World
1:00 pm
Sun August 21, 2011

Rebels Advance On Libyan Capital Of Tripoli

Rebels continue to push toward the Libyan capital of Tripoli amid rumors Col. Moammar Ghadafi may be preparing to flee the country. Heavy fighting has been reported in Tripoli, and rebel fighters have taken control of towns to the east, west, and south of the city. NPR's Lourdes Garcia-Navarro speaks to guest host Laura Sullivan from the war zone.

History
11:52 am
Sun August 21, 2011

Thirty Years Later, Say Hello To "Operation Farewell"

Vladimir Vetrov was a KGB colonel turned double agent, who ultimately helped bring down some 400 spies in an operation codenamed "Farewell."
istockphoto.com

Thirty years ago this summer, President Ronald Reagan was at an economic summit in Canada when his French counterpart, Francois Mitterand, pulled him aside to deliver startling news: the French had a mole, a high-level KGB colonel. Could the US make use of him?

Richard Allen was Reagan's National Security Advisor at the time, and he was with the President in Ottawa when Mitterand made his offer.

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Africa
6:00 am
Sun August 21, 2011

Libyan Rebels March On Tripoli

Residents of Tripoli are fleeing as Libyan rebels move slowly toward the capital city. The battlefront is now about 18 kilometers out of town; there's also heavy, bitter fighting and multiple NATO airstrikes in Zawiyah. Meanwhile, rumors about the fate and location of Moammar Gadhafi and his son are rampant. Guest host John Ydstie gets the latest on the rebel advance from NPR's Lourdes Garcia-Navarro in Libya.

NPR Story
6:00 am
Sun August 21, 2011

Solar Charging Phones Without A 93-Million-Mile Cord

Researchers have found a way for LCD screens to charge using solar power, indoor light and the devices' own backlight. That means in a few years, you may be able to recharge your phone by pointing it toward the sun instead of plugging it into the wall. Guest host John Ydstie talks to the lead UCLA researcher, Yang Yang.

NPR Story
6:00 am
Sun August 21, 2011

Gov. McDonnell On His New National Influence

Originally published on Sun August 21, 2011 9:00 am

Transcript

JOHN YDSTIE, host: Another Republican governor made a move on to the national scene this past week. Governor Bob McDonnell of Virginia was named chairman of the Republican Governor's Association. While that role isn't as dramatic as Governor Perry's high-octane campaign, it could influence the race for the Republican presidential nomination. Governor McDonnell joins us now. Good morning, Governor.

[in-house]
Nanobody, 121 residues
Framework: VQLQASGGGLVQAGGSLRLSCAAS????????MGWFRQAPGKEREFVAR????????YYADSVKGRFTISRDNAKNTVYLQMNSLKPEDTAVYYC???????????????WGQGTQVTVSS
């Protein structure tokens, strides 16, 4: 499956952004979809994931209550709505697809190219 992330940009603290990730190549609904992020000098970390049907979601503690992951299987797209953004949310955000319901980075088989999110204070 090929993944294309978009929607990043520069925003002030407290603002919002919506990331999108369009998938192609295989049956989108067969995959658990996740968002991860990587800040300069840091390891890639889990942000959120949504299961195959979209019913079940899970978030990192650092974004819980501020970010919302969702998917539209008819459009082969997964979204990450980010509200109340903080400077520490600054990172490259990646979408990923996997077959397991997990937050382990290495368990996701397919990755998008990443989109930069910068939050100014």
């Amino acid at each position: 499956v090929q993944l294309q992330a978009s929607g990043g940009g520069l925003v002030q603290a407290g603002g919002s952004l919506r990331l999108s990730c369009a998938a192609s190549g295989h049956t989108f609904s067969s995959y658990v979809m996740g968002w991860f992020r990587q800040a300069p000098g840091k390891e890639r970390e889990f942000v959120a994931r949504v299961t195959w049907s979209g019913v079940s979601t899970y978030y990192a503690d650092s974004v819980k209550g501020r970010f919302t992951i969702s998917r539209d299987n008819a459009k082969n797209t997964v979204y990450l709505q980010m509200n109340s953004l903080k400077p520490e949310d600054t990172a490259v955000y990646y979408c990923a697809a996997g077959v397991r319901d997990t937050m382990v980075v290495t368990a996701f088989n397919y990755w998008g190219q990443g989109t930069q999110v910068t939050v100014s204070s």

Governor BOB MCDONNELL: Hey. Good morning, John. Nice to be on with you.

YDSTIE: Nice to be on with you and congratulations on your new job.

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NPR Story
6:00 am
Sun August 21, 2011

GOP Hopefuls Spread Out; Obama Gives Chase By Bus

With President Obama on vacation and Congress out of town, Washington, D.C., was relatively quiet this week. That, however, doesn't mean the political buzz has stopped. Guest host John Ydstie talks to Matt Continetti of the Weekly Standard and political consultant Karen Finney about President Obama's bus tour-slash-vacation, and about Gov. Rick Perry's take-no-prisoners speech.

Strange News
6:00 am
Sun August 21, 2011

Giant Life Savers For Your Road Trip

We continue our series on roadside monuments with a stop in Governeur, New York, where a roll of Life Savers the size of a car hangs suspended on the town green, placed in honor of a favorite son. Emma Jacobs of member station WRVO reports.

Asia
6:00 am
Sun August 21, 2011

Biden Goes To China To Repair Relations

Vice President Joe Biden traveled to China this past week to do a little maintenance on the U.S. relationship with that growing economic power. Guest host John Ydstie talks to Nicholas Lardy of the Peterson Institute about the economic relationship between China and the U.S.

Economy
6:00 am
Sun August 21, 2011

Fallout From Europe Lands On U.S. Markets

European leaders still haven't come up with a plan that would allow them to put the debt crisis behind them. That kept European markets unsettled this past week, but why was the effect so big in the U.S.? Guest host John Ydstie and NPR Business Correspondent Yuki Noguchi discuss why the fallout has such a big impact on American markets.

Asia
4:13 am
Sun August 21, 2011

A Battle Is Under Way For The Forests Of Borneo

A dirt road passes through remote Sekendal village in Indonesia's western Borneo. Some 60 percent of the island's forests have been cut down, and only 8 percent of the islands virgin forests remain, mostly in national parks.
Andrew Limbong for NPR

A spry 80-year-old cruises through the thick vegetation of western Borneo, or western Kalimantan, as it's known to Indonesians. Dressed in faded pinstripe slacks and a polo shirt, Layan Lujum carries a large knife in his hand. The chief of the island's Sekendal village is making his morning rounds.

Layan is a member of an indigenous ethnic group called the Dayaks, who once had a reputation as fierce headhunters. As on most mornings, his first job on a recent day is to tend to his rubber trees.

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